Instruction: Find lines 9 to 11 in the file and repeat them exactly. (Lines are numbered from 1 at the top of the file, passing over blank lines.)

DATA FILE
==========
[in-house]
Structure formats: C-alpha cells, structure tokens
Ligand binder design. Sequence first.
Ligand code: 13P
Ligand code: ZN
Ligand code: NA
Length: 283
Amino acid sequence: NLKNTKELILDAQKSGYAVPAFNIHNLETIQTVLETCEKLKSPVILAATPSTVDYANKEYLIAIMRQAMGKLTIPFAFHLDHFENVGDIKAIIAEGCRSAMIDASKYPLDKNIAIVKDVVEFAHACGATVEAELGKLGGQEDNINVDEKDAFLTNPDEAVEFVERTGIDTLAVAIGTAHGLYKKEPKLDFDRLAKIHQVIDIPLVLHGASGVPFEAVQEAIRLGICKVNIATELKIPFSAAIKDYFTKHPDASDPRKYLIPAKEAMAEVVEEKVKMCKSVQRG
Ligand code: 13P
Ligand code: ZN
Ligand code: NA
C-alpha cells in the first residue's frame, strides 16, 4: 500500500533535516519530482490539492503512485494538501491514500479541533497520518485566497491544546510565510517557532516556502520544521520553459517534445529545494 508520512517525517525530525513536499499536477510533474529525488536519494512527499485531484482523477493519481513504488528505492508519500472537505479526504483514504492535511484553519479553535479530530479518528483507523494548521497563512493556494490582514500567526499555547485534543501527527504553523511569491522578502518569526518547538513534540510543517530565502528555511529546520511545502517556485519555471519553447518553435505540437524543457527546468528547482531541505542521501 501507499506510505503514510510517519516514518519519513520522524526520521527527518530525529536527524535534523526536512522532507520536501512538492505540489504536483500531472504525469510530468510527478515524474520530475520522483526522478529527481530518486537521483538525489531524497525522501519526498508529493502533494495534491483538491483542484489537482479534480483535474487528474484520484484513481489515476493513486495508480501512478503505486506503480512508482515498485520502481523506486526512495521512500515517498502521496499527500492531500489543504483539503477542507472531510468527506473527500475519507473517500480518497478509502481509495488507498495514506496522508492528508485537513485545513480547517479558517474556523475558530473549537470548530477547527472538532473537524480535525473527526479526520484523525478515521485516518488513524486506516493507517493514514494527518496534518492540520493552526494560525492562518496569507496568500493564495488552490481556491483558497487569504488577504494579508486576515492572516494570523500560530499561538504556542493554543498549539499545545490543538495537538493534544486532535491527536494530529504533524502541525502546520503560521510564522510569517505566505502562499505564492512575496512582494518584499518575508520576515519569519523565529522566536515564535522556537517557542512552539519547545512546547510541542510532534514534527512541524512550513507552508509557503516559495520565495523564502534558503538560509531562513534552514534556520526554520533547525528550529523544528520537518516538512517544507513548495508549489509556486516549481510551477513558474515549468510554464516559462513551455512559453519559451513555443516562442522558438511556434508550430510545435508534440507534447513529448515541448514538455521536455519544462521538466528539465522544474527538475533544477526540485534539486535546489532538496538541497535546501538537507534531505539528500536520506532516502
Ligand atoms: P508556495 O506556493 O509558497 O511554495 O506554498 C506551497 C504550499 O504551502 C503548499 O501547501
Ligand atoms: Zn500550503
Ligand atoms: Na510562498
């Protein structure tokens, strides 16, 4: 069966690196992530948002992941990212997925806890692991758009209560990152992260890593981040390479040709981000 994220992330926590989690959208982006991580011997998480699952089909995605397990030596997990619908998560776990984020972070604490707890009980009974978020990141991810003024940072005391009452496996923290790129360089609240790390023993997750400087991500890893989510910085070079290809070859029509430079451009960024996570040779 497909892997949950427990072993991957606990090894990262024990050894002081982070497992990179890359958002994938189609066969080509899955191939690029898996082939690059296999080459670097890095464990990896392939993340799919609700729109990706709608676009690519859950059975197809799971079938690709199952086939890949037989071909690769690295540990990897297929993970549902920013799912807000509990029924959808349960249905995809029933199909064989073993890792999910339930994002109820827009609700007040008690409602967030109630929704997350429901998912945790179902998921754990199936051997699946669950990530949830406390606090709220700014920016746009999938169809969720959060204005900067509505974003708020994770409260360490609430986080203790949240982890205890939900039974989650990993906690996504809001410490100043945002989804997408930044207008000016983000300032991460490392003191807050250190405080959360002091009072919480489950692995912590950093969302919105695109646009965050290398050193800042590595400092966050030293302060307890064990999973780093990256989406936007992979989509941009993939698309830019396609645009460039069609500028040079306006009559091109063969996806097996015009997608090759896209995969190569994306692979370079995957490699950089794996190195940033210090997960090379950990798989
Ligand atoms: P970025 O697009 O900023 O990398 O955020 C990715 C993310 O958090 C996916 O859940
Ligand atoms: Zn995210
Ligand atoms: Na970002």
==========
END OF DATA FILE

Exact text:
Ligand code: 13P
Ligand code: ZN
Ligand code: NA